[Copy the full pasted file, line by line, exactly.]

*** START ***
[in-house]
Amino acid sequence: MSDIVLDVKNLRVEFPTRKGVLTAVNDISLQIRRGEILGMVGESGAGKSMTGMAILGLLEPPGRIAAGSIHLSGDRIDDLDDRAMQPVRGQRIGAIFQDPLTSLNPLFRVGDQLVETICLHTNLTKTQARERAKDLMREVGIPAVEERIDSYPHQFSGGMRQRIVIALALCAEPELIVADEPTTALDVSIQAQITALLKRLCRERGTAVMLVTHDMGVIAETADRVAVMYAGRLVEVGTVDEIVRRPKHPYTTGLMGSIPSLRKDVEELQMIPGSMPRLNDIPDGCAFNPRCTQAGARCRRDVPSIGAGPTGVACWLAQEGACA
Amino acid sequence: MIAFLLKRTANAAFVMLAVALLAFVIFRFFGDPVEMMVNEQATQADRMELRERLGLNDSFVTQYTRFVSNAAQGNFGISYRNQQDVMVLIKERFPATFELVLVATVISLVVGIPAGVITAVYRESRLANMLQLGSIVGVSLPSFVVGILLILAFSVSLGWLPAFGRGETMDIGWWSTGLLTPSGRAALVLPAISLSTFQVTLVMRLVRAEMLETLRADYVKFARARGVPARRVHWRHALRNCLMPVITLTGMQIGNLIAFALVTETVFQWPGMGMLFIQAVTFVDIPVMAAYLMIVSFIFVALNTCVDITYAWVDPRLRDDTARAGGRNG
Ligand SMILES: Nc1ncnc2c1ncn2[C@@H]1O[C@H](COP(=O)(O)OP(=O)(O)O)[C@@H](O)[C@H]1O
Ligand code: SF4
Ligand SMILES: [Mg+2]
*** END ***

[in-house]
Amino acid sequence: MSDIVLDVKNLRVEFPTRKGVLTAVNDISLQIRRGEILGMVGESGAGKSMTGMAILGLLEPPGRIAAGSIHLSGDRIDDLDDRAMQPVRGQRIGAIFQDPLTSLNPLFRVGDQLVETICLHTNLTKTQARERAKDLMREVGIPAVEERIDSYPHQFSGGMRQRIVIALALCAEPELIVADEPTTALDVSIQAQITALLKRLCRERGTAVMLVTHDMGVIAETADRVAVMYAGRLVEVGTVDEIVRRPKHPYTTGLMGSIPSLRKDVEELQMIPGSMPRLNDIPDGCAFNPRCTQAGARCRRDVPSIGAGPTGVACWLAQEGACA
Amino acid sequence: MIAFLLKRTANAAFVMLAVALLAFVIFRFFGDPVEMMVNEQATQADRMELRERLGLNDSFVTQYTRFVSNAAQGNFGISYRNQQDVMVLIKERFPATFELVLVATVISLVVGIPAGVITAVYRESRLANMLQLGSIVGVSLPSFVVGILLILAFSVSLGWLPAFGRGETMDIGWWSTGLLTPSGRAALVLPAISLSTFQVTLVMRLVRAEMLETLRADYVKFARARGVPARRVHWRHALRNCLMPVITLTGMQIGNLIAFALVTETVFQWPGMGMLFIQAVTFVDIPVMAAYLMIVSFIFVALNTCVDITYAWVDPRLRDDTARAGGRNG
Ligand SMILES: Nc1ncnc2c1ncn2[C@@H]1O[C@H](COP(=O)(O)OP(=O)(O)O)[C@@H](O)[C@H]1O
Ligand code: SF4
Ligand SMILES: [Mg+2]